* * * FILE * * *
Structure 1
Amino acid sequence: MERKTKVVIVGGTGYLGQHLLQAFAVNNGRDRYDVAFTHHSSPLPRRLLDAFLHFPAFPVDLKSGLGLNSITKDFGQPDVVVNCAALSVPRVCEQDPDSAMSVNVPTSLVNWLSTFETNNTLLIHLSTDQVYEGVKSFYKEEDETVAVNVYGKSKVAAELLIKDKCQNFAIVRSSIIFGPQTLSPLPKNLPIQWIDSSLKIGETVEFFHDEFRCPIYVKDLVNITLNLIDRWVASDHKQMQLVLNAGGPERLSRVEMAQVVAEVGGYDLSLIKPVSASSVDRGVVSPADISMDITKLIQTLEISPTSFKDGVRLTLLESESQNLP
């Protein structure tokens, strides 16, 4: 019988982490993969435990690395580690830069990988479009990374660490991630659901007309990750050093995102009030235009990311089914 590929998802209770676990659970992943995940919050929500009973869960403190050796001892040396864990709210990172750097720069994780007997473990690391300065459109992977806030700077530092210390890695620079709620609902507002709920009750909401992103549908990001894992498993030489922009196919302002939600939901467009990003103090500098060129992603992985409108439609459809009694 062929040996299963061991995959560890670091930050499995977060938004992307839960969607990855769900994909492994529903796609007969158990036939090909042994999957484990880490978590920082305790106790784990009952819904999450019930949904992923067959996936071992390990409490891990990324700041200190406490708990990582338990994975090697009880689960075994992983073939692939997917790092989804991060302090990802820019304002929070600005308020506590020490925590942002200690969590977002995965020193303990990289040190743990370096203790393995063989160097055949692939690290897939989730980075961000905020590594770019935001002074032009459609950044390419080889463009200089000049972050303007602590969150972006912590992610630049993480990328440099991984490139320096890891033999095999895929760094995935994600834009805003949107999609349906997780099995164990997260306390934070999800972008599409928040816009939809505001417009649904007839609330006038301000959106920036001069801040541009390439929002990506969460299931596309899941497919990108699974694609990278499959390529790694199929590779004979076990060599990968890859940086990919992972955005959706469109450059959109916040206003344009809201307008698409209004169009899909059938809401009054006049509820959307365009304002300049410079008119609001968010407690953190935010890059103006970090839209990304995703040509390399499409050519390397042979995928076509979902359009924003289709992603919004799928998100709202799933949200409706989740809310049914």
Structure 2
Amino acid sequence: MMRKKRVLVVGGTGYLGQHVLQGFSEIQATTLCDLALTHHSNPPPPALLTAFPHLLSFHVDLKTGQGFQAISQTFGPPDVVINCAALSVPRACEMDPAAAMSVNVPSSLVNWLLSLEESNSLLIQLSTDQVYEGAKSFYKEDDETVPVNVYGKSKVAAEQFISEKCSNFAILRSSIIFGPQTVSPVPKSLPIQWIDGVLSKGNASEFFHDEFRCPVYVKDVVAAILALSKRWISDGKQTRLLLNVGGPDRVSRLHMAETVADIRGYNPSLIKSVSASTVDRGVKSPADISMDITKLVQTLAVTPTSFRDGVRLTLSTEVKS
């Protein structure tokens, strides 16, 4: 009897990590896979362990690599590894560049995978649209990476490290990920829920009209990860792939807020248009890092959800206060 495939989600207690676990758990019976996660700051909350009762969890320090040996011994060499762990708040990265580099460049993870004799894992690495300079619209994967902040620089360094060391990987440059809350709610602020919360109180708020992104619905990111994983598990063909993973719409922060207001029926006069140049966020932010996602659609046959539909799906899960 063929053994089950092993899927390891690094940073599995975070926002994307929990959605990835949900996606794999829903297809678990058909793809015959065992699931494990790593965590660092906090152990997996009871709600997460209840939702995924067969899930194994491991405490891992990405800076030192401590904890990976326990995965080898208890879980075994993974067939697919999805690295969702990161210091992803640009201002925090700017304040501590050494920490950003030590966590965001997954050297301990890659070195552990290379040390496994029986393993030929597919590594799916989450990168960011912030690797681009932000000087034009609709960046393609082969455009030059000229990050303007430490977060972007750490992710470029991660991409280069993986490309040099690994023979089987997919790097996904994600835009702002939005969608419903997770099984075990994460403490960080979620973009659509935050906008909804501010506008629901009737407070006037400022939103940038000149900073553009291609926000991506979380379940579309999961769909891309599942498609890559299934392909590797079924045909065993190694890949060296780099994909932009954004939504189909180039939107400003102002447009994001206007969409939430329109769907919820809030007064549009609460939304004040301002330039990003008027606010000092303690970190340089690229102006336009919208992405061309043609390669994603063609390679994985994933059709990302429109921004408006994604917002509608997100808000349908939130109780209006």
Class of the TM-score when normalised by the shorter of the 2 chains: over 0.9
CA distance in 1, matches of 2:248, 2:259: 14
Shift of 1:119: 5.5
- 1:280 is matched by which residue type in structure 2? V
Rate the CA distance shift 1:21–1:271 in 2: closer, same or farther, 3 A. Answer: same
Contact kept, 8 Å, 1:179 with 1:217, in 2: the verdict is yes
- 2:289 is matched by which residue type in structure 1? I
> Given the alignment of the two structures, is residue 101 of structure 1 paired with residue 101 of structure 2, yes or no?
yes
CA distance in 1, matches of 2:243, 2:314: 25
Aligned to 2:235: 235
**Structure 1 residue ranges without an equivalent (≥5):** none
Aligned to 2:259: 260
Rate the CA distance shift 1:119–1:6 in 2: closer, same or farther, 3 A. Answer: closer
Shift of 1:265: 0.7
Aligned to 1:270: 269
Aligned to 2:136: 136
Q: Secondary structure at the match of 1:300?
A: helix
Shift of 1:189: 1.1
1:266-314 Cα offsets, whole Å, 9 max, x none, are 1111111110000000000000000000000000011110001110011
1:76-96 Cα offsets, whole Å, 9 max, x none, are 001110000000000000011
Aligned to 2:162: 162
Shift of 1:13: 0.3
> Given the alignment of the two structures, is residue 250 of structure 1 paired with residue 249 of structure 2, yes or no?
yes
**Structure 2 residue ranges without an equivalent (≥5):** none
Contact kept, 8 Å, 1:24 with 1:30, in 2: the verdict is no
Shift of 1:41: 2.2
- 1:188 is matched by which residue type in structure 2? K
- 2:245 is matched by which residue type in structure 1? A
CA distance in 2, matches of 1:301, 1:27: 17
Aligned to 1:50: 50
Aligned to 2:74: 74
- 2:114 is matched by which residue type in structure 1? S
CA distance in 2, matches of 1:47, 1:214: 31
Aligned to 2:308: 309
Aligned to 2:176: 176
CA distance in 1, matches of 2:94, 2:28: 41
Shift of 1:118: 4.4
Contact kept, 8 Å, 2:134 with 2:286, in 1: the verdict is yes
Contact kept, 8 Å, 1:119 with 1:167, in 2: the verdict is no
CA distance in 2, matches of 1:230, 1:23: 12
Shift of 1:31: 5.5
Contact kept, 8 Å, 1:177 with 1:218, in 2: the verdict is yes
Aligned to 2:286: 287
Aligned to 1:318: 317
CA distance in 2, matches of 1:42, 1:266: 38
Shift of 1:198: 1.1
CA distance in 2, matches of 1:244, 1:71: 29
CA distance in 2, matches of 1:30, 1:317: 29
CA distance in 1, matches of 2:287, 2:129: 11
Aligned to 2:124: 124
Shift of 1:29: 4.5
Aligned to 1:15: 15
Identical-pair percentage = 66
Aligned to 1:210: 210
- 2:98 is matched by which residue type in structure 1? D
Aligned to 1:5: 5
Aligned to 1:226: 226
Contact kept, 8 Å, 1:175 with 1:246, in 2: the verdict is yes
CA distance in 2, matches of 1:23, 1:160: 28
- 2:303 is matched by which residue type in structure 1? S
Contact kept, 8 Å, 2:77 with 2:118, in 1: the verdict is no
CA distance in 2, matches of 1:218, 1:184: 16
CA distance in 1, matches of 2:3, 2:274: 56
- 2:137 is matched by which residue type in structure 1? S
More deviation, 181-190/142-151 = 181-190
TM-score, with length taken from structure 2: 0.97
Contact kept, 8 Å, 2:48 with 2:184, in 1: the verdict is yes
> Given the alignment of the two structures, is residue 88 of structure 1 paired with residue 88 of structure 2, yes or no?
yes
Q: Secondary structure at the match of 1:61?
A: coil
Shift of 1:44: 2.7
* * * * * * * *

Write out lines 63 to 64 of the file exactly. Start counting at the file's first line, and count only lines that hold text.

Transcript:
Aligned to 1:210: 210
- 2:98 is matched by which residue type in structure 1? D